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The Federal Communications Commission on Thursday advanced a proposal that will allow the government to subsidize broadband for low-income Americans.
The three Democrats on the five-member commission voted in favor of the proposal, while the two Republicans dissented.
The plan, proposed by FCC Chairman Tom Wheeler, would transform the $2-billion-a-year Lifeline program from a telephone-centric subsidy to one that also covers Internet service, if it is ultimately approved.
"I am befuddled at how this Republican-developed program has suddenly become so partisan, but I am proud to cast my vote with the majority," Wheeler said, speaking at the commission's monthly meeting.
Wheeler will release more details about the proposal in the coming days and public comments received later this year will factor into what the final rules look like.
Industry watchers are looking for the FCC to offer details on how it plans to fund the expansion and to convince the public that it's worth doing.
The FCC's plan tentatively proposes keeping the subsidy at $9.25 a month, "which would not buy you very much broadband service," said Randolph May, president of the Free State Foundation, a nonpartisan think tank that promotes free market policies.
Critics of the program, including some Republicans in Congress, say the FCC should focus on fixing the issues within the existing program before it considers expanding it.
"Everyone is aware that there have been abuses in the current program," May said.
"The FCC has worked to address those issues, and it's had some success thus far, but almost everyone agrees that more needs to be done to put into place protections against so much abuse," May said.
Lifeline receivers must be at or below 135 percent of the federal poverty line, or be enrolled in some type of public assistance program. Users may use the subsidy for either wireline or mobile service, but not both. Only one Lifeline account is allowed per household.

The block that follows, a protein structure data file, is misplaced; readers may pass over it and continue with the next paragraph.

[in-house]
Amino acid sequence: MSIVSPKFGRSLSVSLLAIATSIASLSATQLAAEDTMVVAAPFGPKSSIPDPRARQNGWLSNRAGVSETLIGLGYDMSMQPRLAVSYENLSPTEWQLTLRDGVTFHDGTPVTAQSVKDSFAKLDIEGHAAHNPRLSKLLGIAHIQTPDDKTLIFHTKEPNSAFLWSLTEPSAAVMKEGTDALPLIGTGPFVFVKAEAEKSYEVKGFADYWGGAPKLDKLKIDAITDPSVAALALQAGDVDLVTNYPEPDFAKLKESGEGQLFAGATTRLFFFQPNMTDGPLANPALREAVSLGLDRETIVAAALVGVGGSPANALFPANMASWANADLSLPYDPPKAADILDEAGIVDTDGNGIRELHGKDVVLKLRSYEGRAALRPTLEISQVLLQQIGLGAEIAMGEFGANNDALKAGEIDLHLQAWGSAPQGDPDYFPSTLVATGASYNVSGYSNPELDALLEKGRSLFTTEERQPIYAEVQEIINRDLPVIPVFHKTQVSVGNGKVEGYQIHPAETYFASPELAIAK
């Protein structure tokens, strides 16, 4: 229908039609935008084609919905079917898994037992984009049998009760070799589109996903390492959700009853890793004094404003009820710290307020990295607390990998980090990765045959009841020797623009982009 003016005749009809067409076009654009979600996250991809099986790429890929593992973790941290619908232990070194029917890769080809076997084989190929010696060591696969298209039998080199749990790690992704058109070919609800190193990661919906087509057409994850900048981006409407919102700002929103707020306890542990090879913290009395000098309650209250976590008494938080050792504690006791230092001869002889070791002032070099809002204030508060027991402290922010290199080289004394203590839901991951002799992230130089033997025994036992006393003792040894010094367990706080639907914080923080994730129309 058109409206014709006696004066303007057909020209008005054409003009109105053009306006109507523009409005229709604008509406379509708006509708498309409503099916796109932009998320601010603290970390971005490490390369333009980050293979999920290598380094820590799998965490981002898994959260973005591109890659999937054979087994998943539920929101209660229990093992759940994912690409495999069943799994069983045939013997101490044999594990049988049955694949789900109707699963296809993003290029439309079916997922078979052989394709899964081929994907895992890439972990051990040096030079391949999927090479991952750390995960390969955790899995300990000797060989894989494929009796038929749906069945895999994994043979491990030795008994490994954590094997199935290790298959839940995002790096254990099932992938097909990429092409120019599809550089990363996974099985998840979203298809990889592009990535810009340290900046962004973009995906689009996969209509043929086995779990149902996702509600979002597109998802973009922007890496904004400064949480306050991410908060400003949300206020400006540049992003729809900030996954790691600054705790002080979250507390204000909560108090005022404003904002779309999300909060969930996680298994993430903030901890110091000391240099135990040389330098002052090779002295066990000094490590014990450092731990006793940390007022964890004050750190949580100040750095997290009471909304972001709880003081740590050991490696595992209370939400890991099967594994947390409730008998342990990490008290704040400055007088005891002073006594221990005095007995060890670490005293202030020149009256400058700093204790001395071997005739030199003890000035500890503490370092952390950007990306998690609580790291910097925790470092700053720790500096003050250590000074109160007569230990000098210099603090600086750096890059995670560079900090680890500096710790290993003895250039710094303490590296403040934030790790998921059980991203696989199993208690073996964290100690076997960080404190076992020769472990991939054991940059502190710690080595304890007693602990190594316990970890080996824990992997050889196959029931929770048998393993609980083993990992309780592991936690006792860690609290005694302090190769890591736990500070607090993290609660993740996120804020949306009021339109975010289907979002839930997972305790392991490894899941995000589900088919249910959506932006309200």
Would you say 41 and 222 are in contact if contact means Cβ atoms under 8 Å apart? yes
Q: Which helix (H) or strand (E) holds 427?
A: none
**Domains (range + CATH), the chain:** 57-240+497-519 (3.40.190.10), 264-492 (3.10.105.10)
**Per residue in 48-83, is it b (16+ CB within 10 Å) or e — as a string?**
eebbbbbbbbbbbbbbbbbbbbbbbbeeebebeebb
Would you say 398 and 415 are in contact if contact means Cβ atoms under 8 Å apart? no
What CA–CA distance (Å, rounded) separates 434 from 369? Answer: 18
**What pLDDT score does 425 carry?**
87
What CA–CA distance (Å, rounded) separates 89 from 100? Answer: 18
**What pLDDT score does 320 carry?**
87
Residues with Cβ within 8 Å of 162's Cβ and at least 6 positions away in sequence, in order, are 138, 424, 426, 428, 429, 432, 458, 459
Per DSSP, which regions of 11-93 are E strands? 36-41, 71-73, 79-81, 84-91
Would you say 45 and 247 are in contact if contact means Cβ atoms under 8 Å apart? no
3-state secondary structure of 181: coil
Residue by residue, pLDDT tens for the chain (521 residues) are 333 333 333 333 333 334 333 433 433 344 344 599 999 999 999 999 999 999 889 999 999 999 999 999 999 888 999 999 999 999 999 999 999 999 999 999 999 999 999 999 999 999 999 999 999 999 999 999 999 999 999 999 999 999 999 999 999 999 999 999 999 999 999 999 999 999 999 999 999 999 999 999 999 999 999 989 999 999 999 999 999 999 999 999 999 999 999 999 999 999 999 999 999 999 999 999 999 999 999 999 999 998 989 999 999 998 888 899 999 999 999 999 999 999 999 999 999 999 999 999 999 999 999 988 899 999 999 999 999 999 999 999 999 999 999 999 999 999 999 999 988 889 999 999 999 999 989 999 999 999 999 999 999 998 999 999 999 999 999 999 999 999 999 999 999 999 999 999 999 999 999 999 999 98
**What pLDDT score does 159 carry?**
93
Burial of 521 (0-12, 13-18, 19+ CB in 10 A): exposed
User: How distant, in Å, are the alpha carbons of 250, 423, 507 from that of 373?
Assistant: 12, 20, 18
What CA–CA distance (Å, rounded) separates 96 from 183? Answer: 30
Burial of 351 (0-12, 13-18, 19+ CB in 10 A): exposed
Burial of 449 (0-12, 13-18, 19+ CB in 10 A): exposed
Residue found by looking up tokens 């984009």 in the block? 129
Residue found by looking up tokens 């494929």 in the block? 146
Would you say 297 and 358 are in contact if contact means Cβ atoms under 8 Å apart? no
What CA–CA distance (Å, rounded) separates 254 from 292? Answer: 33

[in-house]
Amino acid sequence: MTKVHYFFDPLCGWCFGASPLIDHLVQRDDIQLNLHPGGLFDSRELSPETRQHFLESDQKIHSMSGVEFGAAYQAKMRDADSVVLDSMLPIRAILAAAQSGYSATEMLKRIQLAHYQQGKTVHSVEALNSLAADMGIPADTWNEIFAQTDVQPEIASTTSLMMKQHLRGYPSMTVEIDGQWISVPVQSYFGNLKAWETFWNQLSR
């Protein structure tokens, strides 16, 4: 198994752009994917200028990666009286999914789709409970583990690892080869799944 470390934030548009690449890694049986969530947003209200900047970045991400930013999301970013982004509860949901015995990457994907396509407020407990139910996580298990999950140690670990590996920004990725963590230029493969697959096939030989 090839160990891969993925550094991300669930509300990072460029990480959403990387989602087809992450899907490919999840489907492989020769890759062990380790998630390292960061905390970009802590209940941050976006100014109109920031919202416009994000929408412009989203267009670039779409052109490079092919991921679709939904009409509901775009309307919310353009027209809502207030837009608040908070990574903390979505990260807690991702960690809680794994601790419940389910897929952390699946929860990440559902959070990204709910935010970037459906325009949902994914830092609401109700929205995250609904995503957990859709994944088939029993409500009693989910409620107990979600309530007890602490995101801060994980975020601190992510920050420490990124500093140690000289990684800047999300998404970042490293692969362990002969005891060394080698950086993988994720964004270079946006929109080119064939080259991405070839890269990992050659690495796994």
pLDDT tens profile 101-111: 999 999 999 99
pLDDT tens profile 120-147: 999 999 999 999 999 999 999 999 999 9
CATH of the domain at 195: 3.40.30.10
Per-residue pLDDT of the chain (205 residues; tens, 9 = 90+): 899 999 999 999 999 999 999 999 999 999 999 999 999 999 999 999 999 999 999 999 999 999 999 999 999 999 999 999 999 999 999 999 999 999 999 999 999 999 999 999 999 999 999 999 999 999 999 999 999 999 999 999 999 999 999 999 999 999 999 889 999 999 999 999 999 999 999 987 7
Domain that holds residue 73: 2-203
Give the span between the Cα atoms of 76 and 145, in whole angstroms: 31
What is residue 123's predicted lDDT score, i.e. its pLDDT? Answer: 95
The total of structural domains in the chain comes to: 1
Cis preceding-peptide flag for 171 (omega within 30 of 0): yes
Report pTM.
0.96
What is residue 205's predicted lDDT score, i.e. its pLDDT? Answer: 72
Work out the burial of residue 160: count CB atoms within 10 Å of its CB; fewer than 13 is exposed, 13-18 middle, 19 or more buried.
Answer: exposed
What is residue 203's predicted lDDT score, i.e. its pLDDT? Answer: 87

The FCC adopted a number of reforms in 2012, such as establishing a database that sharply reduced the number of households receiving multiple subsidies.
Since then, the cost of the program, which is funded by a universal service fund fee on consumer phone bills, has decreased to $1.7 billion from $2.2 billion in 2012. The number of enrolled users has fallen to 12 million, from 18 million in 2012.
Supporters of the expansion point to the reduction as proof that the reforms are working. Of the 11 primary reforms the FCC said it make in 2012, only four have yet to be implemented, according to consumer advocates.
"People are using old information to continue to attack the program," said Ken McEldowney, executive director of the Consumer Action advocacy group.
He said the program gives low income people access to essential services, and without it they would be completely isolated.
"Telephone companies don't really care about these customers. They want folks who can pay $100 a month for smartphones and huge data packages," McEldowney said.
"Nobody's really marketing to low-income people outside of offering the Lifeline program."
Daniel Lyons, an associate professor at Boston College Law School, said it's important to "narrow the digital divide," but he noted it could be expensive.
The FCC said it wants to provide poor consumers with the ability to do things like access e-mail and search job postings, which often requires high speed Internet. Lyons said the lurking question is "how much broadband are we going to subsidize."
"I would imagine that you're going to start seeing advocacy for something like 6 MBS, 10 MBS, 25 MBS—enough to be able get Netflix—and that would start to raise some questions," Lyons said.
"People would begin to wonder, why we should be subsidizing low-income household's Netflix access," he said, comparing it to the idea of subsidizing cable access.
Lyons, who specializes in telecommunication and Internet law, said most people agree there should be some type of social safety net for broadband, but there's concern about how the FCC plans to handle it.
"I don't think simply taking what we have now and expanding it is the right answer. I think we need to rethink the whole project," Lyons said.